For the first five years of his career, Tim Lincecum was pretty, pretty, pretty good at pitching. This year, he came out terribly, sitting at 0-2 and a 10.54 ERA after three starts. The world melted down because, clearly, Timmy was finished as an elite pitcher.
There are still velocity concerns with Lincecum, but over the past three starts, he's looked much more like his old self than he had before. Has he looked "elite"? No, not necessarily. But let's take a closer look at Lincecum's prior performances and do some fancy number extrapolation, thanks to the awesome stat-crunching website that is Baseball-Reference.com.
Over the first five years of Lincecum's career, he averaged 206 innings pitched, 225 strikeouts and 76 walks per season and 31 games started per year. He posted a 2.98 ERA over that timespan, a 137 ERA+ and a 1.19 WHIP.
Now, because BBR allows you to highlight certain sections of a player's game logs and then automatically extrapolates that production over 162 games, we're capable of seeing what Lincecum would be on pace for if we simply ignored his first three starts. (Yes, I know this is absurdly convenient, but if we're going to panic about the first three starts in a vacuum, why can't we be calm about the last three in the same manner? It's a small-sample analysis either way.)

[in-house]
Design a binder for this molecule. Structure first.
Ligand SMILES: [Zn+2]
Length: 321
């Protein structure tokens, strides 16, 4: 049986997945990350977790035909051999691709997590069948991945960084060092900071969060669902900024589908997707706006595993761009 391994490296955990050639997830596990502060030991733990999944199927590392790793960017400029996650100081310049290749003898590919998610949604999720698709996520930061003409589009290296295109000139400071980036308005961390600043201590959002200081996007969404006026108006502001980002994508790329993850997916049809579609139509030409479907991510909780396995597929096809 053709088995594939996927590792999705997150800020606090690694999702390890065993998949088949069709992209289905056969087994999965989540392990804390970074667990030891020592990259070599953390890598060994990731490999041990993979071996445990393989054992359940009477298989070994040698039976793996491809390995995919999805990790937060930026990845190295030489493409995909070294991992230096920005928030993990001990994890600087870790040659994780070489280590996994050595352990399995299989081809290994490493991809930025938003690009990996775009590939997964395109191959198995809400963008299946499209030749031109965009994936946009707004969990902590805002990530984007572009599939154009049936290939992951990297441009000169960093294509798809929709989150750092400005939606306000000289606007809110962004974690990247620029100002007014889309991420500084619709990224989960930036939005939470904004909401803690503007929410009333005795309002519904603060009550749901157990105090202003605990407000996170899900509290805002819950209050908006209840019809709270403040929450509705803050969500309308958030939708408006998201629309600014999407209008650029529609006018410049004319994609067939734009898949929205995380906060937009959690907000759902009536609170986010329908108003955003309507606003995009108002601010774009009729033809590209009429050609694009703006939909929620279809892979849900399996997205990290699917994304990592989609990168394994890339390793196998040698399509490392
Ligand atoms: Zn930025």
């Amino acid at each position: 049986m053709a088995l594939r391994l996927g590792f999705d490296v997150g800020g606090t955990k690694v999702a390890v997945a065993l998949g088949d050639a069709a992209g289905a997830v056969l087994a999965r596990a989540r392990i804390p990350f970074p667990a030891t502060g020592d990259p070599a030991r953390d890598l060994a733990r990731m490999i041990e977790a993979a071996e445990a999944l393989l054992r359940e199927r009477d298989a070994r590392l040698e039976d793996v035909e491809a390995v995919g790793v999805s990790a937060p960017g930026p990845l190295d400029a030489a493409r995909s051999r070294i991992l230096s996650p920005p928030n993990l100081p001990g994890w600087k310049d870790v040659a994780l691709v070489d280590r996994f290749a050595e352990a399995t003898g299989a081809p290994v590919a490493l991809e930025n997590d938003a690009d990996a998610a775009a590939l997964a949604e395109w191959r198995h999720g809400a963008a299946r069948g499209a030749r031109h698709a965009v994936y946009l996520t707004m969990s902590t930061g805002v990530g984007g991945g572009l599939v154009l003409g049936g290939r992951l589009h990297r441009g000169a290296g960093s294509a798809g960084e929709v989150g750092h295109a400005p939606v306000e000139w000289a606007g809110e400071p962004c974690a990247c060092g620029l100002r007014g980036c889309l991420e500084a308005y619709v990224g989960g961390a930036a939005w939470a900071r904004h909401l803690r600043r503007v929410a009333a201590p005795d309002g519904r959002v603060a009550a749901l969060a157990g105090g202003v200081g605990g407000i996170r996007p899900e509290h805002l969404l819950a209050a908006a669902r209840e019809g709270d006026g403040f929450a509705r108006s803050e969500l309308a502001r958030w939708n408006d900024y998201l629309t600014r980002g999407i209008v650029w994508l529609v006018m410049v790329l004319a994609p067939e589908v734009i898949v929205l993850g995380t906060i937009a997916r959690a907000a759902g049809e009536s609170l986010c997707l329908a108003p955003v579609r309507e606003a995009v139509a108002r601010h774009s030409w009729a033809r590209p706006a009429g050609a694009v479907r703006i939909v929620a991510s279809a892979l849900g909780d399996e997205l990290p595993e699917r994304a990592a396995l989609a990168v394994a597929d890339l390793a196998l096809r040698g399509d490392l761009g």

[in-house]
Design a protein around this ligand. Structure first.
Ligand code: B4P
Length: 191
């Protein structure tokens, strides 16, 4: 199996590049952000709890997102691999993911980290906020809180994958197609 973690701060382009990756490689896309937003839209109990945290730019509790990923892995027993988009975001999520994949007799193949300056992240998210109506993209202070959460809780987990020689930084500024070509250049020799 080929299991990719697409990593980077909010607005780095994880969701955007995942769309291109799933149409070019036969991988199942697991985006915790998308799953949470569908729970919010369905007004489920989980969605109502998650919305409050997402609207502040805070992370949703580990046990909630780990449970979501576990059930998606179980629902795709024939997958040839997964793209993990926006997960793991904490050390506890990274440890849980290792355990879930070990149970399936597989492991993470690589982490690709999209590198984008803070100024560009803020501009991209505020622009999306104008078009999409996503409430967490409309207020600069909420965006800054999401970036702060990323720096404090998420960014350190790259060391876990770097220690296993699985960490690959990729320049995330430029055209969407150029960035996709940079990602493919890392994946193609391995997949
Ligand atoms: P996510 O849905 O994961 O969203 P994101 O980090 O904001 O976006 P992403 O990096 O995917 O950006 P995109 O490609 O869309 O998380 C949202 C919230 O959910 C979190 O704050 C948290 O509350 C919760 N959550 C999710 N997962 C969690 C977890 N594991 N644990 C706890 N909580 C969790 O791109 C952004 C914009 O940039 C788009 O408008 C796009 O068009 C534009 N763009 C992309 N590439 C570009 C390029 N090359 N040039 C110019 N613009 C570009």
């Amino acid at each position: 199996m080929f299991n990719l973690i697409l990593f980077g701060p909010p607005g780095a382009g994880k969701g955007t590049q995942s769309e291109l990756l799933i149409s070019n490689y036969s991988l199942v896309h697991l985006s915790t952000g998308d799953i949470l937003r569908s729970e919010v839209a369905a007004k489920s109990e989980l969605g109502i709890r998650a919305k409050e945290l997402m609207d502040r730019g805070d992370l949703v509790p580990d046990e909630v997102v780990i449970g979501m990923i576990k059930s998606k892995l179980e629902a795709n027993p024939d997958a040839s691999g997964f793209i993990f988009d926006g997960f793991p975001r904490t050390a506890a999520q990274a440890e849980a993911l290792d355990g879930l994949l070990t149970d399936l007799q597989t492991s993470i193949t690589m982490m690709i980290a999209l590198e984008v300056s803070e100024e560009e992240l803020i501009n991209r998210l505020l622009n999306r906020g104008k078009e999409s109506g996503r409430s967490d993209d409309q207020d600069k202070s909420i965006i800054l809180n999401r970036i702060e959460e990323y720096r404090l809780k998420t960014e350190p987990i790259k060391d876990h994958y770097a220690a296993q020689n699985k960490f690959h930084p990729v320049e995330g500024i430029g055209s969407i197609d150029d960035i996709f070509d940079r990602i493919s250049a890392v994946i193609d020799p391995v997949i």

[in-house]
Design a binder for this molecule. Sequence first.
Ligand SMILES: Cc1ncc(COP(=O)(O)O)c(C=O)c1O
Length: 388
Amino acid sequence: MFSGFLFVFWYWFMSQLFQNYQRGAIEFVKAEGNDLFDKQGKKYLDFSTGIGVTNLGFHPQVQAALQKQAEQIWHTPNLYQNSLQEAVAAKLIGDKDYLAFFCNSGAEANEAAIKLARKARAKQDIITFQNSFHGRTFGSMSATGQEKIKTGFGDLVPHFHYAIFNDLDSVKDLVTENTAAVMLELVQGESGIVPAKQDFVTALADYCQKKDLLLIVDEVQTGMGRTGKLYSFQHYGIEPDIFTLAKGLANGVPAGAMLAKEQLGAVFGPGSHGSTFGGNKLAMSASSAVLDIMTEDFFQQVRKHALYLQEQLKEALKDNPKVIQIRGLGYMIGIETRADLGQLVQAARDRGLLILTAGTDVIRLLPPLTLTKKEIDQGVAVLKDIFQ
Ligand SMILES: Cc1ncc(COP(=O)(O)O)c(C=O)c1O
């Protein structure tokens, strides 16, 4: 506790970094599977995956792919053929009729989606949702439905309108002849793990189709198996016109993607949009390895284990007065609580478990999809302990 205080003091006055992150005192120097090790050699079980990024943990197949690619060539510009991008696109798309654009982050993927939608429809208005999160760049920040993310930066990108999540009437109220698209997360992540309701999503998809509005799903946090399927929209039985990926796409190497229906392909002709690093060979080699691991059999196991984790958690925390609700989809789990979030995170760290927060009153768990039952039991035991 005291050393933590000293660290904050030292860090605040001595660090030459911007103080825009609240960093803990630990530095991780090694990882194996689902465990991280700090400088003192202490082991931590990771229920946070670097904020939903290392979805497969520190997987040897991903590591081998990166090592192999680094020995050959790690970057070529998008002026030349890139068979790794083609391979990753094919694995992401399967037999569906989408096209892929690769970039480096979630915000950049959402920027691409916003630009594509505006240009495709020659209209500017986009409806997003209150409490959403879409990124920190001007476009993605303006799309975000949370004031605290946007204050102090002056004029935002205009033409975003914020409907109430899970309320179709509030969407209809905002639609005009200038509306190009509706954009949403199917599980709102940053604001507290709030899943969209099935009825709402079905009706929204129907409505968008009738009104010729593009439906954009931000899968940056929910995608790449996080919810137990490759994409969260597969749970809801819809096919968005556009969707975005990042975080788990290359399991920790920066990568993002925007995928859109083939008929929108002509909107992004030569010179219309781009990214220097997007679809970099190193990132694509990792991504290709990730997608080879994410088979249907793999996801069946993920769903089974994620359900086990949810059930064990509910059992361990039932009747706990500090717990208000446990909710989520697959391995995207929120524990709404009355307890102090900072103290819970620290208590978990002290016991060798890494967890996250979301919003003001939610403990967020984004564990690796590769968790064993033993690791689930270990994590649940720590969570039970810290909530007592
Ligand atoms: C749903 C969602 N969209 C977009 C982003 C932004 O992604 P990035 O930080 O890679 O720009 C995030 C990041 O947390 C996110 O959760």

Lincecum, if he produced at the same clip of his past three starts over a full season, would end up pitching 204 innings, producing a 2.03 ERA and striking out 193 batters. This is far from an effective science, because that sort of season would almost never happen for Lincecum. He's gotten a .209 BAbip (batting average on balls in play) from hitters over the past three games, and that's unsustainable.
Additionally, his strikeouts-per-nine-innings rate would be 6.13 in this hypothetical, and that's a major red flag considering he averaged 9.9 K/9 over the past five seasons. Of course, his individual season K/9 has dipped every season since his first Cy Young campaign in 2008, a natural progression for age from a hard-throwing pitcher.
Ironically, it's actually back UP this year, to 9.4 on the season but it comes with the spiked ERA. The reality is that Lincecum's not the same pitcher he was in 2008. He likely won't ever be that pitcher again.
But he's also not one of the worst pitchers in baseball either. We all knew that even when he was struggling through his first three starts. It's just nice to realize that he's starting to gravitate towards a more Lincecum-like level of production.